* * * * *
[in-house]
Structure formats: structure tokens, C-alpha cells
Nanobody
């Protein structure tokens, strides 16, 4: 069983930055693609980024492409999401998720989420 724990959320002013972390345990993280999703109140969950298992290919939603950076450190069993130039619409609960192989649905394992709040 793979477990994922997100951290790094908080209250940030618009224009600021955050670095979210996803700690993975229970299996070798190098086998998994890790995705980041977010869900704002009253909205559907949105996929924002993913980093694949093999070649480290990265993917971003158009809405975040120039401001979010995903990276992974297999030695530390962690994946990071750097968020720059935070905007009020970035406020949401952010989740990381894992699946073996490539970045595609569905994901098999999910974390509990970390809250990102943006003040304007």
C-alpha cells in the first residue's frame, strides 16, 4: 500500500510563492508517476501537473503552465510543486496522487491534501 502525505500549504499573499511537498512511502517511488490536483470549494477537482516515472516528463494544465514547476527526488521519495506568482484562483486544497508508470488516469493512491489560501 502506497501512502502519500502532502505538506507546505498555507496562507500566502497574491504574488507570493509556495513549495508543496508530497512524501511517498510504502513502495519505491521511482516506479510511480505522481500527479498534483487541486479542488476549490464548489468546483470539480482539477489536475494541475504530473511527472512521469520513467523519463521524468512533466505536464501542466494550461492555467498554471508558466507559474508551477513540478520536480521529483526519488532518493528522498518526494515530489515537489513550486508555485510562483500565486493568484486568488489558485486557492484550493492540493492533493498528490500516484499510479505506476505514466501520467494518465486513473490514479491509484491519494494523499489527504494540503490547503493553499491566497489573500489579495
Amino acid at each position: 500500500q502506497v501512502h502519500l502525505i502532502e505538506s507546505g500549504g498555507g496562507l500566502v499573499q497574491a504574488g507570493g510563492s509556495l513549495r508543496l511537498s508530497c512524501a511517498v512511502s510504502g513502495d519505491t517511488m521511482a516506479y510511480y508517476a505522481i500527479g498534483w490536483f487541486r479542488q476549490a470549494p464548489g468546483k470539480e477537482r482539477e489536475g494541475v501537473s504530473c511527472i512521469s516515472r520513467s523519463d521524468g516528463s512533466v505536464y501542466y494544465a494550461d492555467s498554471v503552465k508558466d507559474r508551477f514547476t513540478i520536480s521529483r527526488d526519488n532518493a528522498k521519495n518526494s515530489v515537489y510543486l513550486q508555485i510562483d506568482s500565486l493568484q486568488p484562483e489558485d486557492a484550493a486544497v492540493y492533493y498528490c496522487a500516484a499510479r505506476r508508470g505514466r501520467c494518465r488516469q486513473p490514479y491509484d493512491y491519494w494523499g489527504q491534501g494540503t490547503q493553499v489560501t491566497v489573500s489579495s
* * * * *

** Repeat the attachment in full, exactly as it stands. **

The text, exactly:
[in-house]
Structure formats: structure tokens, C-alpha cells
Nanobody
């Protein structure tokens, strides 16, 4: 069983930055693609980024492409999401998720989420 724990959320002013972390345990993280999703109140969950298992290919939603950076450190069993130039619409609960192989649905394992709040 793979477990994922997100951290790094908080209250940030618009224009600021955050670095979210996803700690993975229970299996070798190098086998998994890790995705980041977010869900704002009253909205559907949105996929924002993913980093694949093999070649480290990265993917971003158009809405975040120039401001979010995903990276992974297999030695530390962690994946990071750097968020720059935070905007009020970035406020949401952010989740990381894992699946073996490539970045595609569905994901098999999910974390509990970390809250990102943006003040304007």
C-alpha cells in the first residue's frame, strides 16, 4: 500500500510563492508517476501537473503552465510543486496522487491534501 502525505500549504499573499511537498512511502517511488490536483470549494477537482516515472516528463494544465514547476527526488521519495506568482484562483486544497508508470488516469493512491489560501 502506497501512502502519500502532502505538506507546505498555507496562507500566502497574491504574488507570493509556495513549495508543496508530497512524501511517498510504502513502495519505491521511482516506479510511480505522481500527479498534483487541486479542488476549490464548489468546483470539480482539477489536475494541475504530473511527472512521469520513467523519463521524468512533466505536464501542466494550461492555467498554471508558466507559474508551477513540478520536480521529483526519488532518493528522498518526494515530489515537489513550486508555485510562483500565486493568484486568488489558485486557492484550493492540493492533493498528490500516484499510479505506476505514466501520467494518465486513473490514479491509484491519494494523499489527504494540503490547503493553499491566497489573500489579495
Amino acid at each position: 500500500q502506497v501512502h502519500l502525505i502532502e505538506s507546505g500549504g498555507g496562507l500566502v499573499q497574491a504574488g507570493g510563492s509556495l513549495r508543496l511537498s508530497c512524501a511517498v512511502s510504502g513502495d519505491t517511488m521511482a516506479y510511480y508517476a505522481i500527479g498534483w490536483f487541486r479542488q476549490a470549494p464548489g468546483k470539480e477537482r482539477e489536475g494541475v501537473s504530473c511527472i512521469s516515472r520513467s523519463d521524468g516528463s512533466v505536464y501542466y494544465a494550461d492555467s498554471v503552465k508558466d507559474r508551477f514547476t513540478i520536480s521529483r527526488d526519488n532518493a528522498k521519495n518526494s515530489v515537489y510543486l513550486q508555485i510562483d506568482s500565486l493568484q486568488p484562483e489558485d486557492a484550493a486544497v492540493y492533493y498528490c496522487a500516484a499510479r505506476r508508470g505514466r501520467c494518465r488516469q486513473p490514479y491509484d493512491y491519494w494523499g489527504q491534501g494540503t490547503q493553499v489560501t491566497v489573500s489579495s